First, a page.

In order to give a simple proof of a basic fact about quasi-coherent modules (see below), I'm interested in knowing whether the following statement holds:

Statement: If $A$ is a commutative ring and $I$ is an injective $A$-module, then: $$ I \longrightarrow I_f \longrightarrow 0 \ $$ is surjective, for any function $f \in A$.

For example:

  • If $A$ is a domain, then $I$ is divisble, and the statement follows.
  • If $A$ is noetherian, then the statement also holds, because any injective module $I$ is the direct sum of injective envelopes $E(A/\mathfrak{p}_j)$, that are flabby sheaves.

My question is both whether the statement is true for arbitrary, commutative rings (I guess it is not), and whether there exists a class of rings (as in the case of domains), where the statement holds without much effort.


If the statement above is true, then it is easy to prove that any injective module $I$ gives rise to an acyclic quasi-coherent sheaf $\widetilde{I}$ over $ {\rm Spec}A $, where $\widetilde{I} (U) := I_U$.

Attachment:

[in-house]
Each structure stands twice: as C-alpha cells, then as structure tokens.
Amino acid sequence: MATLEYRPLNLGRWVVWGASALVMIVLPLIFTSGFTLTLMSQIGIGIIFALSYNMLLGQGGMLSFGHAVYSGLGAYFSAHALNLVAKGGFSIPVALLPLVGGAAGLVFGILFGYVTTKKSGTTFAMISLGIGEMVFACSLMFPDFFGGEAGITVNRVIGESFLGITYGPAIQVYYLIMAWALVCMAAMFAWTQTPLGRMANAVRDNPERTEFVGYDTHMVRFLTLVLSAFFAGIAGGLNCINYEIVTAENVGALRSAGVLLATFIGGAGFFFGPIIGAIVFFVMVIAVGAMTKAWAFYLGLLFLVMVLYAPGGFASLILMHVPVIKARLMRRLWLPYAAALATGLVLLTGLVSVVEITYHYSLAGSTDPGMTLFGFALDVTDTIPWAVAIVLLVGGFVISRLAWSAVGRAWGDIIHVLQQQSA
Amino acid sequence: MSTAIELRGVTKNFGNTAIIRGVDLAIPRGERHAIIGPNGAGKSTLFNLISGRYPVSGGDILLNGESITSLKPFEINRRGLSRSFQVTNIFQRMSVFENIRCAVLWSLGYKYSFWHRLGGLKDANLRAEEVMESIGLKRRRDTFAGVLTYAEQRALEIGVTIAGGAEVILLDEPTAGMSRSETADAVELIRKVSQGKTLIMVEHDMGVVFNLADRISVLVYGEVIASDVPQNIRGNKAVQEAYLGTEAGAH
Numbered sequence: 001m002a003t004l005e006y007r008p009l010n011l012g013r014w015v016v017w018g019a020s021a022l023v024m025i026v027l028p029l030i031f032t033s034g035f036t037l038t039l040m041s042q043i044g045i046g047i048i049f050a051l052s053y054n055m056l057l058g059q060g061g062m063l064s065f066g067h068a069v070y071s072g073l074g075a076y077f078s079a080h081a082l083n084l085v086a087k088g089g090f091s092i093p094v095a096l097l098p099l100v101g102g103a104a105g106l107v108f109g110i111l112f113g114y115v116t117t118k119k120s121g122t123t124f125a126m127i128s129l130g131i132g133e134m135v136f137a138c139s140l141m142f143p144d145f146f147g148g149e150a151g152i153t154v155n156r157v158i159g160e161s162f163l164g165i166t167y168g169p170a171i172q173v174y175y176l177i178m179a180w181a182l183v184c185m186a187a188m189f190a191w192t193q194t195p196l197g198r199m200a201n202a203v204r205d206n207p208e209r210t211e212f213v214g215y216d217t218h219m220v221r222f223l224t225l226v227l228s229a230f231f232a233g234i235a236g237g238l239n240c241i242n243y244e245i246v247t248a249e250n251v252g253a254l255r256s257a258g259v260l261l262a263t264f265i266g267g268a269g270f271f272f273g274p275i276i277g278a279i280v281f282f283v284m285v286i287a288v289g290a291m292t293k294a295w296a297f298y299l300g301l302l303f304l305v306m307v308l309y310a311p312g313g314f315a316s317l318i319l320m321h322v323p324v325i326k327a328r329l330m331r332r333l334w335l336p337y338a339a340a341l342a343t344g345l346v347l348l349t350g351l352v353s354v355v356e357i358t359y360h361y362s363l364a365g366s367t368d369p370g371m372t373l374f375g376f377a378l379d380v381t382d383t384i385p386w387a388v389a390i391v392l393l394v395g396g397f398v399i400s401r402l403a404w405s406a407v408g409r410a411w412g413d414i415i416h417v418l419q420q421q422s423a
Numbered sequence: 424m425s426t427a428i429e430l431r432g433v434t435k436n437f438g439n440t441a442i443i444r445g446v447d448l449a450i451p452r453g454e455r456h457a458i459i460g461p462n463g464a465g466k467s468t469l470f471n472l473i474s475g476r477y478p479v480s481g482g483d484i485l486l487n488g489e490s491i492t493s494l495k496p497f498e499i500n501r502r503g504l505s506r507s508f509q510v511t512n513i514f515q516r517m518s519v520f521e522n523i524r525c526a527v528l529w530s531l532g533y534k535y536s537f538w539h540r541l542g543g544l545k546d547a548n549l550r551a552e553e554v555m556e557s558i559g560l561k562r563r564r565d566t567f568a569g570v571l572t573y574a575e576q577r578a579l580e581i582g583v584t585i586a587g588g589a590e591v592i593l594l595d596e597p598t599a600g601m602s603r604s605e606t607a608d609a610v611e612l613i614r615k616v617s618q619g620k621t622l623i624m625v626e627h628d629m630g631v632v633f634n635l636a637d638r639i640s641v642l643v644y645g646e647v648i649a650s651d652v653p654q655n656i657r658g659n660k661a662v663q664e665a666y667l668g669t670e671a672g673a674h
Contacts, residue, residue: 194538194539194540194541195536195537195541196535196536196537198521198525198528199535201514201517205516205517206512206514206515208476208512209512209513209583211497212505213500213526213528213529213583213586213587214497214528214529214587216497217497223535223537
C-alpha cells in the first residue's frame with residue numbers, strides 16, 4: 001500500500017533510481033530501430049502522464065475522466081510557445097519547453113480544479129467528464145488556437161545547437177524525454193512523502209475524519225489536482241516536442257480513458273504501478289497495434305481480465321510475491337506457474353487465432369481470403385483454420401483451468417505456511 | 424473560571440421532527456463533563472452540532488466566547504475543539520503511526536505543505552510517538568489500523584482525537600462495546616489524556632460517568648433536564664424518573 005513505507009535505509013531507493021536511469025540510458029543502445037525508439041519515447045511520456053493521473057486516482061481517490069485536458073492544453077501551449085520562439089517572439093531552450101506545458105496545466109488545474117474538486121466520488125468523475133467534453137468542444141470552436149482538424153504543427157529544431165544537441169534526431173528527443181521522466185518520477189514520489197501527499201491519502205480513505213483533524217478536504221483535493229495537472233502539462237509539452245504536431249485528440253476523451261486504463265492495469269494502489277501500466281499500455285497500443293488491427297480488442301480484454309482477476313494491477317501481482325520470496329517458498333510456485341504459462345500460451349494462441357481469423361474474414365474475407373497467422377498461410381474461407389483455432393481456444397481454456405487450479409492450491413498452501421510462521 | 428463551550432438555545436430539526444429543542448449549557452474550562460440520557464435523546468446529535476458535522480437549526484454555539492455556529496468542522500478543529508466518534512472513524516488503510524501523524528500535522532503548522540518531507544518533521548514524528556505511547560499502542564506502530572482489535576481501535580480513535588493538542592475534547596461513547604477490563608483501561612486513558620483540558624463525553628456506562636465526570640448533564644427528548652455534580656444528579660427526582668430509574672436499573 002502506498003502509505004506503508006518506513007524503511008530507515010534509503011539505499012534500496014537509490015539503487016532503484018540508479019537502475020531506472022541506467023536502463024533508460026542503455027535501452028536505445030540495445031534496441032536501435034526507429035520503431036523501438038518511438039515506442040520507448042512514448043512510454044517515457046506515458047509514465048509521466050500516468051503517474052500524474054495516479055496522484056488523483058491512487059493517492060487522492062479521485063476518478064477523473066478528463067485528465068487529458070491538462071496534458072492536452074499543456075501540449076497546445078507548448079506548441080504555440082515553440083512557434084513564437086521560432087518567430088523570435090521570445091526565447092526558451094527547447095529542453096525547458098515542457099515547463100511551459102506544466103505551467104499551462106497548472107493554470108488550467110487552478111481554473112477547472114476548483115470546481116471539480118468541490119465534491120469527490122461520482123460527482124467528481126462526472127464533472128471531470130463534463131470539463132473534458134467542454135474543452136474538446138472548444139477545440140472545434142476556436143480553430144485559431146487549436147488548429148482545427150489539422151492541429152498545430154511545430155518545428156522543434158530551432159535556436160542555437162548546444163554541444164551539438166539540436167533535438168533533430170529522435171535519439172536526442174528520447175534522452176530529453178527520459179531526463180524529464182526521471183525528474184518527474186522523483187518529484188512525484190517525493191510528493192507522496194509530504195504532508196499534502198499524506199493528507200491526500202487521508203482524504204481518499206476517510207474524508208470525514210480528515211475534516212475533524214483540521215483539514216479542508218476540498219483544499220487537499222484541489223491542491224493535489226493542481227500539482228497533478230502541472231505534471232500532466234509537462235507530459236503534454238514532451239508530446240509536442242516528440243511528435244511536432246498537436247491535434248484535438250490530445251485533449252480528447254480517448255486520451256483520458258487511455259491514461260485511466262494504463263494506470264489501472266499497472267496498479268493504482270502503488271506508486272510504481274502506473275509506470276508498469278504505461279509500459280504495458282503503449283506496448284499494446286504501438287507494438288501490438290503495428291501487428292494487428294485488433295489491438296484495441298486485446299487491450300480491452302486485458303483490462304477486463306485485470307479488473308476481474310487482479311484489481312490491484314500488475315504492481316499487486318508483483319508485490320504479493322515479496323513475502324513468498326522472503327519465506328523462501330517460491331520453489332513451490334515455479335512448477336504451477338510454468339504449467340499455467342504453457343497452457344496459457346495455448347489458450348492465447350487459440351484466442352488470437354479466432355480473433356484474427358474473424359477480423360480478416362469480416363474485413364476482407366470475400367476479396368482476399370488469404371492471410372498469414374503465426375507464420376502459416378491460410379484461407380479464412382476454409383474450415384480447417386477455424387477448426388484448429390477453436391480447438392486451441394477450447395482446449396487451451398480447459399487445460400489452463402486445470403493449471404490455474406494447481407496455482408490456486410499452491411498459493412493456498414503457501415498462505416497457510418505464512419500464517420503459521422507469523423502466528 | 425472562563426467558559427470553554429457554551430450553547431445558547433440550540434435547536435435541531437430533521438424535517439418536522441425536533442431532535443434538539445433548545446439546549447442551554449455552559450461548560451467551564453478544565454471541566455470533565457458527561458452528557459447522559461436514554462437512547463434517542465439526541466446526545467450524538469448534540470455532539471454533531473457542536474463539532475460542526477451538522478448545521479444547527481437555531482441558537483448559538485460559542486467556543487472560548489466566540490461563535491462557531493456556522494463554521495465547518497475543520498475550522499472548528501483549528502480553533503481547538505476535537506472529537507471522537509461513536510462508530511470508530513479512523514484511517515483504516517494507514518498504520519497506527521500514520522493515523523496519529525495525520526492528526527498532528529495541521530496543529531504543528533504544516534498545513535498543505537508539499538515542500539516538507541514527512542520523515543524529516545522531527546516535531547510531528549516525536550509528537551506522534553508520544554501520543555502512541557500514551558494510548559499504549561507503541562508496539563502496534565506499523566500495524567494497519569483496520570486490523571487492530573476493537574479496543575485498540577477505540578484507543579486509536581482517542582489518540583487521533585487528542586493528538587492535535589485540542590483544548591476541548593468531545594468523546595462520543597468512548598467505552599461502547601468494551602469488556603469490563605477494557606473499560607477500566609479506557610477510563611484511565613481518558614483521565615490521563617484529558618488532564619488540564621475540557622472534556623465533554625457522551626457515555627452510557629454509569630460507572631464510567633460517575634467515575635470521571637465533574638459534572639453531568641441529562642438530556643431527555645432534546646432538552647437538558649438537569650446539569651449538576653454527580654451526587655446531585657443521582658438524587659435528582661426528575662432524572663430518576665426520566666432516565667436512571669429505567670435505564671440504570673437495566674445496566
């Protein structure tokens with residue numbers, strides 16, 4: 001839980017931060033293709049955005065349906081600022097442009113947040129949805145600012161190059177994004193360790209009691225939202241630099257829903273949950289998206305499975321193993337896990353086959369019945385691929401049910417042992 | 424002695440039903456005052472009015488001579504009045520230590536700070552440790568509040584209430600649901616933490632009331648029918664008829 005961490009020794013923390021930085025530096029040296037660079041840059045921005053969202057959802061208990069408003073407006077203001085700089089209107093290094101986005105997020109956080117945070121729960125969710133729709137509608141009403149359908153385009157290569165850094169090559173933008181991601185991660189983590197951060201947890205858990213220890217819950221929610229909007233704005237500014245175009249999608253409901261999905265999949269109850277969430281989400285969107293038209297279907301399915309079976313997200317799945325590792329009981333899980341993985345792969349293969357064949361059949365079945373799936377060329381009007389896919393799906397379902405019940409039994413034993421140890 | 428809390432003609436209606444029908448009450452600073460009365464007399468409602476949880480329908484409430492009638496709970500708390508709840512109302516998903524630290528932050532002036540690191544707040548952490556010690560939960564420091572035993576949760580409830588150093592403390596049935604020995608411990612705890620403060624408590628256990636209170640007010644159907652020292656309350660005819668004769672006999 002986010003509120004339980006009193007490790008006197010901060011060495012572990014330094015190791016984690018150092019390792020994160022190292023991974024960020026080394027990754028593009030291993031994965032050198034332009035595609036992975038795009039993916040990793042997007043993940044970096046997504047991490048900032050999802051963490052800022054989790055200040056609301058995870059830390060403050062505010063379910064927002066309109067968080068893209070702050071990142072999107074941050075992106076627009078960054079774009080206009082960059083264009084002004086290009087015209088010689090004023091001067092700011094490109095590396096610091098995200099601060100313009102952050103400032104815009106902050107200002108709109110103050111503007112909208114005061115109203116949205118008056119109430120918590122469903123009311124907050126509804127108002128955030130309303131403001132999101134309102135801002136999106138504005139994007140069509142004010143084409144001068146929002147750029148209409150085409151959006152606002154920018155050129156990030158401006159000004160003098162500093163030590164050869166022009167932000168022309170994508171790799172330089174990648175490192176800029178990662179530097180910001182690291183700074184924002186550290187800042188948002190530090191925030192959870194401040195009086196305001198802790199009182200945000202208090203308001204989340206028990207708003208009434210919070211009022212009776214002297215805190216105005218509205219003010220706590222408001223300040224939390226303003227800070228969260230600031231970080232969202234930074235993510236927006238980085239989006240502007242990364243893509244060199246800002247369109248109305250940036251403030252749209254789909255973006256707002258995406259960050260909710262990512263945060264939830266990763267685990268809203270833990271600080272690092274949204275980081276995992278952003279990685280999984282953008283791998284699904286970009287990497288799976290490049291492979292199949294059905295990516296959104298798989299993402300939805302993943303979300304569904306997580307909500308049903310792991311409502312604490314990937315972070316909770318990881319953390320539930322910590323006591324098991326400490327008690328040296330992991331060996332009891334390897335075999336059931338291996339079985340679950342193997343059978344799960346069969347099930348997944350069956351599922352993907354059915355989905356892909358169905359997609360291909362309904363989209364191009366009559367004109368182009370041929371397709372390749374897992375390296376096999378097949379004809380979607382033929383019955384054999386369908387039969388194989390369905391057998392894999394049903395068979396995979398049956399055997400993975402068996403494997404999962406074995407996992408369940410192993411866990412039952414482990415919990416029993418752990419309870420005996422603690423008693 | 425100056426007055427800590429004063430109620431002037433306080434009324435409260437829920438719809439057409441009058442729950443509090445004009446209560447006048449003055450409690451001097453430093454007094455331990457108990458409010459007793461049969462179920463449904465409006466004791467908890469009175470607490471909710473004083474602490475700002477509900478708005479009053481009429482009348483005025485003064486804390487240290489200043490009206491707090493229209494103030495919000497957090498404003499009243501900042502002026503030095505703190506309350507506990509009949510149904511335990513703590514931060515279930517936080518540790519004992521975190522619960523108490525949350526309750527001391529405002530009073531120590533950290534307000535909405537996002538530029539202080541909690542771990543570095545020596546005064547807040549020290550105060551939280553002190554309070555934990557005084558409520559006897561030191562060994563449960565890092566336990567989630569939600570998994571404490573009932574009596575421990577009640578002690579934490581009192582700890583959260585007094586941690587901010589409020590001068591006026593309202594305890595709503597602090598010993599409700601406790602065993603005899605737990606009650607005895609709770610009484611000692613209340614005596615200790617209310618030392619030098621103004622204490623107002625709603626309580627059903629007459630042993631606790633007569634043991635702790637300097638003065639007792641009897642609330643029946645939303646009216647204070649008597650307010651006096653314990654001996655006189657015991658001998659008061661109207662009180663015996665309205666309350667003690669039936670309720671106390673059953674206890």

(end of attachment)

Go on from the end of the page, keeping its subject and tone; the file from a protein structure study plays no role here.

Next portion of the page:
Then, this would allow to easily prove the following basic theorem:

Theorem: Quasi-coherent modules $\widetilde{M}$ are acylcic sheaves over ${\rm Spec} A$.

Proof: Let $M$ be an $A$-module and take an injective resolution $$ 0 \to M \to I^\bullet \ . $$

Taking the associated sheaves, we have a resolution of the quasi-coherent sheaf $\widetilde{M}$, that is aciclyc because of the argument above, and hence it computes the cohomology of $\widetilde{M}$: $$ 0 \to \widetilde{M} \to \widetilde{I^\bullet} \ . $$

But taking global sections we obtain the original sequence (because $\Gamma ( {\rm Spec} A , \widetilde{M}) = M $, for any module) that is exact, so $\widetilde{M}$ is acyclic. $\square$

Your Answer


By clicking "Post Your Answer", you acknowledge that you have read our updated terms of service, privacy policy and cookie policy, and that your continued use of the website is subject to these policies.

Browse other questions tagged or ask your own question.